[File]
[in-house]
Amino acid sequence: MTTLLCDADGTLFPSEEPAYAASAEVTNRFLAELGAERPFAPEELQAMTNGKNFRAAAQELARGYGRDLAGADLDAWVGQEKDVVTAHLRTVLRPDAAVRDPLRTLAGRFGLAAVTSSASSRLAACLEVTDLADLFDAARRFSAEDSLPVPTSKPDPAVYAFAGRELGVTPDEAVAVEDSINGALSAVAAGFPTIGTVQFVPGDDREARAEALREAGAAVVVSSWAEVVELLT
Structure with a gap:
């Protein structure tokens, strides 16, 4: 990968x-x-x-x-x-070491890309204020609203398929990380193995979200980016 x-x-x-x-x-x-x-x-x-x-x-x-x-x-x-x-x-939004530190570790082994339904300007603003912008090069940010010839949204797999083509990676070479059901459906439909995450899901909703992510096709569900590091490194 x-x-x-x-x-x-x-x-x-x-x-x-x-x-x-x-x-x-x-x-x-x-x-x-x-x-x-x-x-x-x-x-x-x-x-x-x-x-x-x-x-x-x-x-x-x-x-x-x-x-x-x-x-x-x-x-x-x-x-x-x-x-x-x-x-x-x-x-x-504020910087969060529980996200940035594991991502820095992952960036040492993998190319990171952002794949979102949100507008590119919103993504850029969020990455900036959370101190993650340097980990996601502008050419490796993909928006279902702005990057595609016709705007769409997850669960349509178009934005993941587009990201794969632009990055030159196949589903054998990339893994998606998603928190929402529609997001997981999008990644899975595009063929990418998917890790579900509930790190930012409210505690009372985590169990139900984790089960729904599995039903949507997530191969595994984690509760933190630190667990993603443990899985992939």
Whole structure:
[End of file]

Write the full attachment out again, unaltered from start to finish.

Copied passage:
[in-house]
Amino acid sequence: MTTLLCDADGTLFPSEEPAYAASAEVTNRFLAELGAERPFAPEELQAMTNGKNFRAAAQELARGYGRDLAGADLDAWVGQEKDVVTAHLRTVLRPDAAVRDPLRTLAGRFGLAAVTSSASSRLAACLEVTDLADLFDAARRFSAEDSLPVPTSKPDPAVYAFAGRELGVTPDEAVAVEDSINGALSAVAAGFPTIGTVQFVPGDDREARAEALREAGAAVVVSSWAEVVELLT
Structure with a gap:
């Protein structure tokens, strides 16, 4: 990968x-x-x-x-x-070491890309204020609203398929990380193995979200980016 x-x-x-x-x-x-x-x-x-x-x-x-x-x-x-x-x-939004530190570790082994339904300007603003912008090069940010010839949204797999083509990676070479059901459906439909995450899901909703992510096709569900590091490194 x-x-x-x-x-x-x-x-x-x-x-x-x-x-x-x-x-x-x-x-x-x-x-x-x-x-x-x-x-x-x-x-x-x-x-x-x-x-x-x-x-x-x-x-x-x-x-x-x-x-x-x-x-x-x-x-x-x-x-x-x-x-x-x-x-x-x-x-x-504020910087969060529980996200940035594991991502820095992952960036040492993998190319990171952002794949979102949100507008590119919103993504850029969020990455900036959370101190993650340097980990996601502008050419490796993909928006279902702005990057595609016709705007769409997850669960349509178009934005993941587009990201794969632009990055030159196949589903054998990339893994998606998603928190929402529609997001997981999008990644899975595009063929990418998917890790579900509930790190930012409210505690009372985590169990139900984790089960729904599995039903949507997530191969595994984690509760933190630190667990993603443990899985992939």
Whole structure: